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Fights by Cambodia garment workers grow amid bosses’ deadly profit drive


Next time you buy a pair of Asics think of the tree dead in Cambodia

Bosses’ profit-driven disregard for workers’ lives killed three and injured 34 in two factory building collapses in Cambodia less than one week apart.

“We are not surprised when they cave in, they are jerry-built buildings that owners put little money in,” said Say Sokny, general secretary of the Free Trade Union of Workers in a May 21 phone interview from Phnom Penh, Cambodia.

The first factory collapse occurred May 16 about 30 miles south of Phnom Penh at the Taiwanese-owned Wing Star Shoes, which employs 7,000 workers and produces shoes for Asics. A mezzanine used for storage collapsed under weight it wasn’t designed to bear. Three workers were killed and 11 injured, although 50 were caught in the wreckage.

Yarn Neat, an assistant stock manager, told the Wall Street Journal that the floor had started shaking when she helped load materials into the mezzanine a week earlier and that she was afraid to walk under it. She had raised her concerns with superiors, who did nothing.

In March workers at Wing Star Shoes stopped work and blocked the main road for one hour, protesting low wages and dangerous working conditions.

Another 23 workers were injured during lunch May 20 as the shoddy building that housed the break room at Hong Kong-based Top World factory in Phnom Penh collapsed into a lake. The company produces for Swedish fashion giant H&M.

“Wages and health and safety are the most important issues for workers here,” Sokny said. “The working conditions are so bad that workers often faint on the shop floor because of heat, lack of ventilation, malnutrition, chemical exposure and long workdays.”

In January the Labor Ministry reported that more than 1,600 workers fainted at some 20 factories last year. The announcement came after the Free Trade Union gave the figure of 2,107 workers at 29 factories.

Strikes and other actions demanding wage raises and improved conditions are numerous. According to the FTU, some 85,000 workers at 101 factories were involved in strikes and other actions last year.

“It’s the only powerful tool we have,” Sokny explains. “We strike and do actions all the time. That’s the only way we can win anything.”

In December the Kingsland factory, which produces underwear for Walmart and H&M, closed and laid off workers without paying wages and severance. Starting Jan. 3 as many as 200 workers camped outside the plant in Phnom Penh to stop the company from moving machinery and other assets before workers were fully paid. On Feb. 27, 82 of the workers launched a hunger strike. Two days later Walmart and H&M agreed to a $200,000 settlement.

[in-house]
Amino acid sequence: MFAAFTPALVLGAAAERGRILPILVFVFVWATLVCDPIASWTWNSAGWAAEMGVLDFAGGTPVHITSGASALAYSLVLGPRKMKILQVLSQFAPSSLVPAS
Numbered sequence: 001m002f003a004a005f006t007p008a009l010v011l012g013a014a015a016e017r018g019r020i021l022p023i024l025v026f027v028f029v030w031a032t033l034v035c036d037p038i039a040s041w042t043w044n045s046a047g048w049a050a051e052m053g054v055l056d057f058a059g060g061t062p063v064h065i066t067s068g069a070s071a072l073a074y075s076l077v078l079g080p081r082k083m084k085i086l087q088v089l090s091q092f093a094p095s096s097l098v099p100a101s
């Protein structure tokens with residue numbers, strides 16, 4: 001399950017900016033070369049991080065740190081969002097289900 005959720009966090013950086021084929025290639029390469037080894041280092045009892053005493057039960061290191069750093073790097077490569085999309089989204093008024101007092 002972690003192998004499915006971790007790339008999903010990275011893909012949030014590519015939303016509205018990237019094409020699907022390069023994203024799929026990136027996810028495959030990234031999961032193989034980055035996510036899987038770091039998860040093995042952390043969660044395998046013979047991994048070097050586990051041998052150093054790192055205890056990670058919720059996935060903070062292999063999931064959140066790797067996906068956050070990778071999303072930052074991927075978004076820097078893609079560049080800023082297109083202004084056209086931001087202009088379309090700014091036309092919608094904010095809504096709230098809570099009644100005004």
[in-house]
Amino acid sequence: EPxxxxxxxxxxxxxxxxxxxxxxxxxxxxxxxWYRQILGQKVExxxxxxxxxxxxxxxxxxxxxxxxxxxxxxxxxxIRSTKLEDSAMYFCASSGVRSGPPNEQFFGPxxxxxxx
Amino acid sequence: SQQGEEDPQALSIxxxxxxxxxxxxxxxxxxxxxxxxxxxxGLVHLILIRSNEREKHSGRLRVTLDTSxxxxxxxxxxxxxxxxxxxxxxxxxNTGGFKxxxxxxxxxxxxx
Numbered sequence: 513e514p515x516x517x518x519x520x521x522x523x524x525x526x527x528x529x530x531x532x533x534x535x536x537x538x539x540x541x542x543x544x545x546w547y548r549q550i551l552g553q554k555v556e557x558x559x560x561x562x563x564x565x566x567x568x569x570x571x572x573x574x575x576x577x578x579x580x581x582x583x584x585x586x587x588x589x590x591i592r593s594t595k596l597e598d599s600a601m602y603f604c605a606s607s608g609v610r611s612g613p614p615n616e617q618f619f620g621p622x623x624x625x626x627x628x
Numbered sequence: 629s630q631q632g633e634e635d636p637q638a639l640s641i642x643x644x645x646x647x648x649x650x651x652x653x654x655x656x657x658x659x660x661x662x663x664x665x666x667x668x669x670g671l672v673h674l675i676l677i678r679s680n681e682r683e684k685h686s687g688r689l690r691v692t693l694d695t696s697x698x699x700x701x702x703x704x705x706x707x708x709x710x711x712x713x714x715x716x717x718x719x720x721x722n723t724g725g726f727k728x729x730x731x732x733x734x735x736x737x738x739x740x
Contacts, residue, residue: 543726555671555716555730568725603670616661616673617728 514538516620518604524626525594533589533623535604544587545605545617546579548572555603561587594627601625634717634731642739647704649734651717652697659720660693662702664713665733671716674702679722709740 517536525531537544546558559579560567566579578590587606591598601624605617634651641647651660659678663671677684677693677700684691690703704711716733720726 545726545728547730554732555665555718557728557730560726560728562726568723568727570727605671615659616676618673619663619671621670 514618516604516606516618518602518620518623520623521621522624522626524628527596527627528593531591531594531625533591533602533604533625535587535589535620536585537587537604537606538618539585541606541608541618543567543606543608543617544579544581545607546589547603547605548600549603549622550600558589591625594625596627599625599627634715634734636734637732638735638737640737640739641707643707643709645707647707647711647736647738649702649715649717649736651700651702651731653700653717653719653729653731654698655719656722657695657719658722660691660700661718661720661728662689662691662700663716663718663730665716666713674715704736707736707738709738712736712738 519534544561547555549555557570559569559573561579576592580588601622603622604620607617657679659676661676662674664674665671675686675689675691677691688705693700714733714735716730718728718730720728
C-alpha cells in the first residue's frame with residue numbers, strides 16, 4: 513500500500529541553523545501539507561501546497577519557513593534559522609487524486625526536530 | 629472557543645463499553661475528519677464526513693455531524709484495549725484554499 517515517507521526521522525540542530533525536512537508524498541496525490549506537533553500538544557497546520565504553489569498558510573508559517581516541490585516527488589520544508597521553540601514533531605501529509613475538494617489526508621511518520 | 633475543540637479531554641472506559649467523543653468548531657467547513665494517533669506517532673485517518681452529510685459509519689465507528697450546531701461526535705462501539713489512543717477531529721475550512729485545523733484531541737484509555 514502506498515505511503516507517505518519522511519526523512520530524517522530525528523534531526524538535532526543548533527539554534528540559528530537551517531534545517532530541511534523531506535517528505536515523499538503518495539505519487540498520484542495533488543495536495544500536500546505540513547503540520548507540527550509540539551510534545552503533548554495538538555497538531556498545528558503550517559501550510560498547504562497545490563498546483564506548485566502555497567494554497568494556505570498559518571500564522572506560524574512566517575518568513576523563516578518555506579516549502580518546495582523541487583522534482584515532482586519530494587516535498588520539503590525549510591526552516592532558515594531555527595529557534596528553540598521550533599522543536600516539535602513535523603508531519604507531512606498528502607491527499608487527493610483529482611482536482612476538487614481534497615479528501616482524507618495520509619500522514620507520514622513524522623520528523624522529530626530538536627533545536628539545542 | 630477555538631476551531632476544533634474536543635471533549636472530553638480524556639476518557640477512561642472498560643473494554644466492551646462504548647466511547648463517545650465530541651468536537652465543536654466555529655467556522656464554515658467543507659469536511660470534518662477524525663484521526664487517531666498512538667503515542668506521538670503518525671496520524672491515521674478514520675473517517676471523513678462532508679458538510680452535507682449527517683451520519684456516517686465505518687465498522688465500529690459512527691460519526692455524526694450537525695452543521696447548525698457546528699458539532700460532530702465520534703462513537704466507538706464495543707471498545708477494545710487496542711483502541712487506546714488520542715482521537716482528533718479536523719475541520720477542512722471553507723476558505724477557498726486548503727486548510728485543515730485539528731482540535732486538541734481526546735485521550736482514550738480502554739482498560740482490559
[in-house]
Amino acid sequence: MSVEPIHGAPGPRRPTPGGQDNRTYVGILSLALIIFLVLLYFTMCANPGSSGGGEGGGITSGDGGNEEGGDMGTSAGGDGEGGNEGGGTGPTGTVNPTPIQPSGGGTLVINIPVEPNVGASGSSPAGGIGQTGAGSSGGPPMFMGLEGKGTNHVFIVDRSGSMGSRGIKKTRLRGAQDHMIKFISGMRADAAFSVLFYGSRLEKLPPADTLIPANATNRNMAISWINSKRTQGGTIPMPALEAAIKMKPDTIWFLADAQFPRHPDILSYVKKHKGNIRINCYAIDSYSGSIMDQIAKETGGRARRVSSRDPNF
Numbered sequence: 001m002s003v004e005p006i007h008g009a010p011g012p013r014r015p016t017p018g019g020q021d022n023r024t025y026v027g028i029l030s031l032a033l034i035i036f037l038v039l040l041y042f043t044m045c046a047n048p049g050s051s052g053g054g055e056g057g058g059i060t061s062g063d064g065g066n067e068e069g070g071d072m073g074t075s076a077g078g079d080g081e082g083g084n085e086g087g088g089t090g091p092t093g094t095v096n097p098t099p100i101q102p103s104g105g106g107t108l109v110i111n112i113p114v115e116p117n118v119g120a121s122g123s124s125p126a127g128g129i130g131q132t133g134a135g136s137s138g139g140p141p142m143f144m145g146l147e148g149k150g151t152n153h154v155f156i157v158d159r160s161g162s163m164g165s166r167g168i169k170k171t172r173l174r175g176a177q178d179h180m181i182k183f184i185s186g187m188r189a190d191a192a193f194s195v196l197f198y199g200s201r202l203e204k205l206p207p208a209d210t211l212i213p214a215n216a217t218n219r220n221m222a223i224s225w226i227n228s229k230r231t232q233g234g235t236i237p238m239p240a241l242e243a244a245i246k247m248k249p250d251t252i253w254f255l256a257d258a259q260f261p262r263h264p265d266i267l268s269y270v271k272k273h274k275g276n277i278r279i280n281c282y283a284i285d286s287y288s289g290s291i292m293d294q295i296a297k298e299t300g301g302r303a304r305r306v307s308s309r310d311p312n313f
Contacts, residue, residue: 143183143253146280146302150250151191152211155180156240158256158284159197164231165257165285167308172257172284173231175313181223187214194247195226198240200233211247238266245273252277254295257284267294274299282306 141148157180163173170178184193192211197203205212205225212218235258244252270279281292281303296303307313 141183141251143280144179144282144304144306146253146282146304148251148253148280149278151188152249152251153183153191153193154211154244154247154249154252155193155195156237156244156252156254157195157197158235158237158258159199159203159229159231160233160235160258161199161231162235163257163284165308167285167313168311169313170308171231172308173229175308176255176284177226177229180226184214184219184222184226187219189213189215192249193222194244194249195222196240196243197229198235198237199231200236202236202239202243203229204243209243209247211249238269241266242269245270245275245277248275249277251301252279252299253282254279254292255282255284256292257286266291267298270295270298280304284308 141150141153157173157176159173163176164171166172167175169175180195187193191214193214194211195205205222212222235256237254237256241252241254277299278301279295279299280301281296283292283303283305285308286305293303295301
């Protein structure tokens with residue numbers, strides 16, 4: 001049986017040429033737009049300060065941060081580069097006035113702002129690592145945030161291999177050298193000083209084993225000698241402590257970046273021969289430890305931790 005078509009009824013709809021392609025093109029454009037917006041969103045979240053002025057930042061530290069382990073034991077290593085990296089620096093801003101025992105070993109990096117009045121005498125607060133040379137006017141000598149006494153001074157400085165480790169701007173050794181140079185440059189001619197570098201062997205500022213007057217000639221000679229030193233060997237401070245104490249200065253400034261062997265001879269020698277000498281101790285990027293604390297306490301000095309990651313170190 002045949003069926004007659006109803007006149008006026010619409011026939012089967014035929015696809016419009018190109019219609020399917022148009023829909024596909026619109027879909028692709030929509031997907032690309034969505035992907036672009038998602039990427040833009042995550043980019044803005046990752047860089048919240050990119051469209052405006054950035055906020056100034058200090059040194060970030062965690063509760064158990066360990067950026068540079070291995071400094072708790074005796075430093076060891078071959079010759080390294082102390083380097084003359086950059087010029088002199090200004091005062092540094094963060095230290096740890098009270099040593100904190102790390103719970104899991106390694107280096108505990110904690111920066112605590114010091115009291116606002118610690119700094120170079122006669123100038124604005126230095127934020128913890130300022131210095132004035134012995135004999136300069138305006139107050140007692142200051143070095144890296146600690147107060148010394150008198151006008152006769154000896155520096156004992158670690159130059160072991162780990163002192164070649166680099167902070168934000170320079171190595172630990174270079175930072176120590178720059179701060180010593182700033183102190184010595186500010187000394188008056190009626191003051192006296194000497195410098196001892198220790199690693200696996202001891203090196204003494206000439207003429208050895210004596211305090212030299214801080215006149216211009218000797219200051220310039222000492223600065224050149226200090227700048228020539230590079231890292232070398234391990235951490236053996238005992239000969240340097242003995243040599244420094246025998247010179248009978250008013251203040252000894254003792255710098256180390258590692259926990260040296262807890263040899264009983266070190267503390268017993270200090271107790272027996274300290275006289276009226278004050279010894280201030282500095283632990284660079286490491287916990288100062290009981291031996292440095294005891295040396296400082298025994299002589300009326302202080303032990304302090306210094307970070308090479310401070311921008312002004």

“We decided to go on a hunger strike to show that we are not workers who can be pushed around,” 26-year-old Sorn Sothy, a leader of the action, told Warehouse Workers United March 1. “We are strong, committed and united.”

On May Day garment workers marched to demand a raise in the monthly minimum wage from $80 to $150. The level is set by a Labor Advisory Committee comprised of representatives from the government, employers and unions.

“It’s supposed to implement a raise every fourth year,” Sokny said. “But nothing happens unless workers go into action with strikes and other protests. That’s how we won the raise to $80 in March. We need a bigger raise. Workers are hungry. The wages are not enough to pay rent, food and what your family needs.”

On March 28 Prime Minister Hun Sen issued an instruction that workers must stop striking and protesting. But they have continued, including in two actions that demanded reinstatement of workers’ representatives fired by bosses. In one instance some 100 workers gathered outside a provincial police station, demanding the release of seven workers accused of inciting others to protest.

Sokny said the challenge is to win more long-term improvements in wages and working conditions. The vast majority of workers are on short-term contracts, mostly three months. Those who the bosses see as leaders or “troublemakers” don’t get new contracts. New workers are often brought in with contracts that reverse previously won gains.

Until the mid-1990s Cambodia had no garment industry. After an explosive development during the last two decades, the industry now employs 500,000 in more than 500 garment and shoe factories, with an average size of 1,000 workers. More than 90 percent moving into newly created industrial production centers are women from rural villages.

The garment sector accounts for 90 percent of Cambodia’s export income.

via The Militant – June 3, 2013 — Fights by Cambodia garment workers grow amid bosses’ deadly profit drive.

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